Commercially available since 2012, CRISPR-Cas9 (CRISPR) edits genes by cutting DNA and letting natural processes repair those divides. This allows scientists to add, remove or alter particular parts of an organism’s genome. Think of it as a geneticist’s “copy and paste” tool. More precise and inexpensive than previous genome engineering, the attributes that make it widespread in the scientific community also expedite the need for ethical consensus among users.
“What happens when the preventive interventions you imagine raise the same kinds of ethical questions that enhancements do?” asked Eric JuengstOpens in new window, director of the UNC Center for Bioethics. “Questions about equal access, effects on the downstream generations, and effects on what it means to be human.”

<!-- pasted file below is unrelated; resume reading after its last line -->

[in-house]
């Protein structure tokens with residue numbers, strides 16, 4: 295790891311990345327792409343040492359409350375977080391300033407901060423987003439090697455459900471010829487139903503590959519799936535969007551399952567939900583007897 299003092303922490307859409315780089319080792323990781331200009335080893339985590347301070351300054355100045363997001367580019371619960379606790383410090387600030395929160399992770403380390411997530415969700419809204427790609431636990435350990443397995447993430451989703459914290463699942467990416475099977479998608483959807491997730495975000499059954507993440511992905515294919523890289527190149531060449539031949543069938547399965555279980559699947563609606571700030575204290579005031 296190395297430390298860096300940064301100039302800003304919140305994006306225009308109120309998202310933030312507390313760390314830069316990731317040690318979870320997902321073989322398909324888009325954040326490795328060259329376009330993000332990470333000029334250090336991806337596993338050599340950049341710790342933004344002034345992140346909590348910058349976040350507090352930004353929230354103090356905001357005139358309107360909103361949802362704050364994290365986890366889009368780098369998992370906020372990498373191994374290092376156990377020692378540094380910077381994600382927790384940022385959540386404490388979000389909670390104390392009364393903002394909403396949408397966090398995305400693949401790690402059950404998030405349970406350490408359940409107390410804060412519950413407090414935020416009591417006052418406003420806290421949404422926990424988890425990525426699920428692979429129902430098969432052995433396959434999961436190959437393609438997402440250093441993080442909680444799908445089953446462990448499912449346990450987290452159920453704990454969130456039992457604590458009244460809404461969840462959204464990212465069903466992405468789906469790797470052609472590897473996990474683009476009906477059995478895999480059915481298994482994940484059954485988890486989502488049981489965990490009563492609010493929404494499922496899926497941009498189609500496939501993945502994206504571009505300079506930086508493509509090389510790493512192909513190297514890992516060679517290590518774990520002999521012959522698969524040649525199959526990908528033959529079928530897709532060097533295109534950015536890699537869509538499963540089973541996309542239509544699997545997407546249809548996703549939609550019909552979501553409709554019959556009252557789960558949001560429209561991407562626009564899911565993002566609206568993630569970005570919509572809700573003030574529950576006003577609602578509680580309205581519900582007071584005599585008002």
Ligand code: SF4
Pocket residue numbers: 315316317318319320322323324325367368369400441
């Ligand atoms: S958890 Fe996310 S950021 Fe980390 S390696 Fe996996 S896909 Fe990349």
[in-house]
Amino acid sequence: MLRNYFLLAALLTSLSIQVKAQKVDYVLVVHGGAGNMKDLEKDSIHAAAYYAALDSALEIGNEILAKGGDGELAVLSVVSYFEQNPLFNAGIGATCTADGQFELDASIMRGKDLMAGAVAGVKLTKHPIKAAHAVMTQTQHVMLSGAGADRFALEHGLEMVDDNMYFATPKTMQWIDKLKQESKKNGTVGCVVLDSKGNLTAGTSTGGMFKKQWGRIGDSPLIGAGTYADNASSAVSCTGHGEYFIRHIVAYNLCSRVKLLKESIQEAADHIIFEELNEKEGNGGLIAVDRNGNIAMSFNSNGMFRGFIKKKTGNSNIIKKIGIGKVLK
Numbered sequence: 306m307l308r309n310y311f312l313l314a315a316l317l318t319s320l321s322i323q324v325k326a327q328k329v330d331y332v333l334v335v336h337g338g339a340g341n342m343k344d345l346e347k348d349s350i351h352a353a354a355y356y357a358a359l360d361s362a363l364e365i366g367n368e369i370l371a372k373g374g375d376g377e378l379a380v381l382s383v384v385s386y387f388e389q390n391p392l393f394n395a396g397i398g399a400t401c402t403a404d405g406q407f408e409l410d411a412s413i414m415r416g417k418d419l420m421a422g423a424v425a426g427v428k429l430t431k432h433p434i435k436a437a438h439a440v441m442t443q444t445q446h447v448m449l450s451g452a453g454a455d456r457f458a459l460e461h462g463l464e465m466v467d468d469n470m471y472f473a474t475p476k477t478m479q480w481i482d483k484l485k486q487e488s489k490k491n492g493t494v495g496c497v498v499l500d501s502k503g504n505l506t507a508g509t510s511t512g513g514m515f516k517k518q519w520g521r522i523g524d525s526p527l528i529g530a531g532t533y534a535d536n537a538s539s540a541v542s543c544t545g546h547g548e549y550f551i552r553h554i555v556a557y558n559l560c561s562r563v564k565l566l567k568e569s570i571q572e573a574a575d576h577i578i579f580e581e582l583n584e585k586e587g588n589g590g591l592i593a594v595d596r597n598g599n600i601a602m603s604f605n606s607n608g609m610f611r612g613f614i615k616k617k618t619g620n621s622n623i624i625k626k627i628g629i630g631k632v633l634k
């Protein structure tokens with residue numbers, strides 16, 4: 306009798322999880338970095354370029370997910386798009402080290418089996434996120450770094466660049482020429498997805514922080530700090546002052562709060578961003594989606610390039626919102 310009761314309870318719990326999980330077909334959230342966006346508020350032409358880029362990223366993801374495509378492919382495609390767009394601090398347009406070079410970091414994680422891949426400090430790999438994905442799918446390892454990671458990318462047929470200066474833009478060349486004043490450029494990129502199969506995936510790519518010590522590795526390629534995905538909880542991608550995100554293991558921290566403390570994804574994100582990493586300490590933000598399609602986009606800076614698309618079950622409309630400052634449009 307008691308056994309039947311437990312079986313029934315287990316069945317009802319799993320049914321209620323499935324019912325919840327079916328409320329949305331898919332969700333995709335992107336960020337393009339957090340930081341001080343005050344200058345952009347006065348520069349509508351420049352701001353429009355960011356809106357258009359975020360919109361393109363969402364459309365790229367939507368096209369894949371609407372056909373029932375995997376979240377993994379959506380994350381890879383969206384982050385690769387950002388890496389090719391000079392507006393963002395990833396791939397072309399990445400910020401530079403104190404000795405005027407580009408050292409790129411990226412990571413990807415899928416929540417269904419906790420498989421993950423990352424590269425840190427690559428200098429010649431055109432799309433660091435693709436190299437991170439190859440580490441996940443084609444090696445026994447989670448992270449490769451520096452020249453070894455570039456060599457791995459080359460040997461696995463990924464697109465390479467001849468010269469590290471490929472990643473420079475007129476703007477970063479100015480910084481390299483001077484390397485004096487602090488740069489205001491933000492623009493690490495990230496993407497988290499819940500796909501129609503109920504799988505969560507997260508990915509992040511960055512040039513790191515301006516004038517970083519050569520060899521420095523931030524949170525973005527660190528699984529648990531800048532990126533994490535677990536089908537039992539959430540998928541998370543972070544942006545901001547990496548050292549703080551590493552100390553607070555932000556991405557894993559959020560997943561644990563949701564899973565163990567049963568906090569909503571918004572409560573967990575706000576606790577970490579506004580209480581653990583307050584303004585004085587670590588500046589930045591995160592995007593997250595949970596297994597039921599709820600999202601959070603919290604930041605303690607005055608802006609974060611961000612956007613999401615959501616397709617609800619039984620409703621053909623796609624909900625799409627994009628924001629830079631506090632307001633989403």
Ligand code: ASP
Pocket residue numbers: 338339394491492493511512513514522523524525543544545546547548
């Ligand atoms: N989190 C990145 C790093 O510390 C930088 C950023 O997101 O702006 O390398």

Juengst explores these and other ethical quandaries as they relate to this gene-editing tool. His work focuses on research ethics — questions raised by new advances in science and technology. He and his colleague, Jean Cadigan, are leading a project that will survey scientists about the professional and social factors that shape the trajectories of using CRISPR in preventive human genome editing, as well as analyzing national and international policy.